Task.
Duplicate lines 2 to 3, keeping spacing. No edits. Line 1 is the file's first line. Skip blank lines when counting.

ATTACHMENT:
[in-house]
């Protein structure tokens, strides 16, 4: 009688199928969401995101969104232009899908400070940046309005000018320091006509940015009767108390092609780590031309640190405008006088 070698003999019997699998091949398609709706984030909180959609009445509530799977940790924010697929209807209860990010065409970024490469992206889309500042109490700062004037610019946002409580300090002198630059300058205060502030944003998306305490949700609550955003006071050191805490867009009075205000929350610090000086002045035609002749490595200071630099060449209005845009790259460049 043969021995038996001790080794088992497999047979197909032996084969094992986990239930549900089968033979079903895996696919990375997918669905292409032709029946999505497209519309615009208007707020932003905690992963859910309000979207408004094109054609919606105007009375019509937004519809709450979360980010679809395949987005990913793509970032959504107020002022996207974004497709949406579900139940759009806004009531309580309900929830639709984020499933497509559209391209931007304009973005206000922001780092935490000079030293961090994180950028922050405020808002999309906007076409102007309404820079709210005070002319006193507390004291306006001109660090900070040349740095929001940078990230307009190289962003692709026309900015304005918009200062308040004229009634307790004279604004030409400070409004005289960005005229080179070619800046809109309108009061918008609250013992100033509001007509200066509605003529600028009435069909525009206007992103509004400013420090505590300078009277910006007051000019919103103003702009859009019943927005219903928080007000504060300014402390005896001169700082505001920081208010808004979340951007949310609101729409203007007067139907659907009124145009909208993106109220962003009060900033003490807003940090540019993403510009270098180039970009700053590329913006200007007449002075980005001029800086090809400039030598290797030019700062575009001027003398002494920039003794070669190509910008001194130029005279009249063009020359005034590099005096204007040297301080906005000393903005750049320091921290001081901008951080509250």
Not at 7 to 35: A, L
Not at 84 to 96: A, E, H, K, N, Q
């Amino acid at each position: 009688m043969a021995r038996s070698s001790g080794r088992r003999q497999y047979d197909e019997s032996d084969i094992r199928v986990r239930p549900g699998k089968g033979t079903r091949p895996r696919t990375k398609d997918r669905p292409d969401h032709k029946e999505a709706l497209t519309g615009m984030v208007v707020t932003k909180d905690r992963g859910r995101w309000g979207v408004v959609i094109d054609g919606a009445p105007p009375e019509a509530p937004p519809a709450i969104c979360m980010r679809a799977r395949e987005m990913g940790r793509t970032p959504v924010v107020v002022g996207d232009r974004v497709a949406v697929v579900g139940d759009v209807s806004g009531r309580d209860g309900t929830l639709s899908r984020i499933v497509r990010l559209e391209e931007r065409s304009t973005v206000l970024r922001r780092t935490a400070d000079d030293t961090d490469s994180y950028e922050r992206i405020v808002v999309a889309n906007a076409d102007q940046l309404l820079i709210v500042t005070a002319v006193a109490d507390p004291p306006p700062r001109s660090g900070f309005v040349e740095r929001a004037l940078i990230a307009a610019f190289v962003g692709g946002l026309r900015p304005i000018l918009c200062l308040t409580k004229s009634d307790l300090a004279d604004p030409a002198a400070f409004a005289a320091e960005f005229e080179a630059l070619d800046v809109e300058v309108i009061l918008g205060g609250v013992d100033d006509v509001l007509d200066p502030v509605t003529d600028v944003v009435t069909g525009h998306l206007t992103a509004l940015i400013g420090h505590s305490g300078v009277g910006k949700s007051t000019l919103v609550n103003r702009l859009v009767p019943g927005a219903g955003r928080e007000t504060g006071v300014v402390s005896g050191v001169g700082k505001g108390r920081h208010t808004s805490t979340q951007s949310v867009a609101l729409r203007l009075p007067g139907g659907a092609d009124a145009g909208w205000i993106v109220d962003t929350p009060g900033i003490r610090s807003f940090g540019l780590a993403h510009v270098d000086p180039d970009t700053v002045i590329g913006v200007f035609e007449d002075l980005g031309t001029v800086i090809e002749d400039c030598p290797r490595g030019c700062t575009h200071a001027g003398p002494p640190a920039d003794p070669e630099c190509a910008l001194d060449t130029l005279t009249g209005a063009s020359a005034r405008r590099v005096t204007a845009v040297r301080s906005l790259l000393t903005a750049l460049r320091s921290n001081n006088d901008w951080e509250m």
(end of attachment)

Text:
């Protein structure tokens, strides 16, 4: 009688199928969401995101969104232009899908400070940046309005000018320091006509940015009767108390092609780590031309640190405008006088 070698003999019997699998091949398609709706984030909180959609009445509530799977940790924010697929209807209860990010065409970024490469992206889309500042109490700062004037610019946002409580300090002198630059300058205060502030944003998306305490949700609550955003006071050191805490867009009075205000929350610090000086002045035609002749490595200071630099060449209005845009790259460049 043969021995038996001790080794088992497999047979197909032996084969094992986990239930549900089968033979079903895996696919990375997918669905292409032709029946999505497209519309615009208007707020932003905690992963859910309000979207408004094109054609919606105007009375019509937004519809709450979360980010679809395949987005990913793509970032959504107020002022996207974004497709949406579900139940759009806004009531309580309900929830639709984020499933497509559209391209931007304009973005206000922001780092935490000079030293961090994180950028922050405020808002999309906007076409102007309404820079709210005070002319006193507390004291306006001109660090900070040349740095929001940078990230307009190289962003692709026309900015304005918009200062308040004229009634307790004279604004030409400070409004005289960005005229080179070619800046809109309108009061918008609250013992100033509001007509200066509605003529600028009435069909525009206007992103509004400013420090505590300078009277910006007051000019919103103003702009859009019943927005219903928080007000504060300014402390005896001169700082505001920081208010808004979340951007949310609101729409203007007067139907659907009124145009909208993106109220962003009060900033003490807003940090540019993403510009270098180039970009700053590329913006200007007449002075980005001029800086090809400039030598290797030019700062575009001027003398002494920039003794070669190509910008001194130029005279009249063009020359005034590099005096204007040297301080906005000393903005750049320091921290001081901008951080509250």
Not at 7 to 35: A, L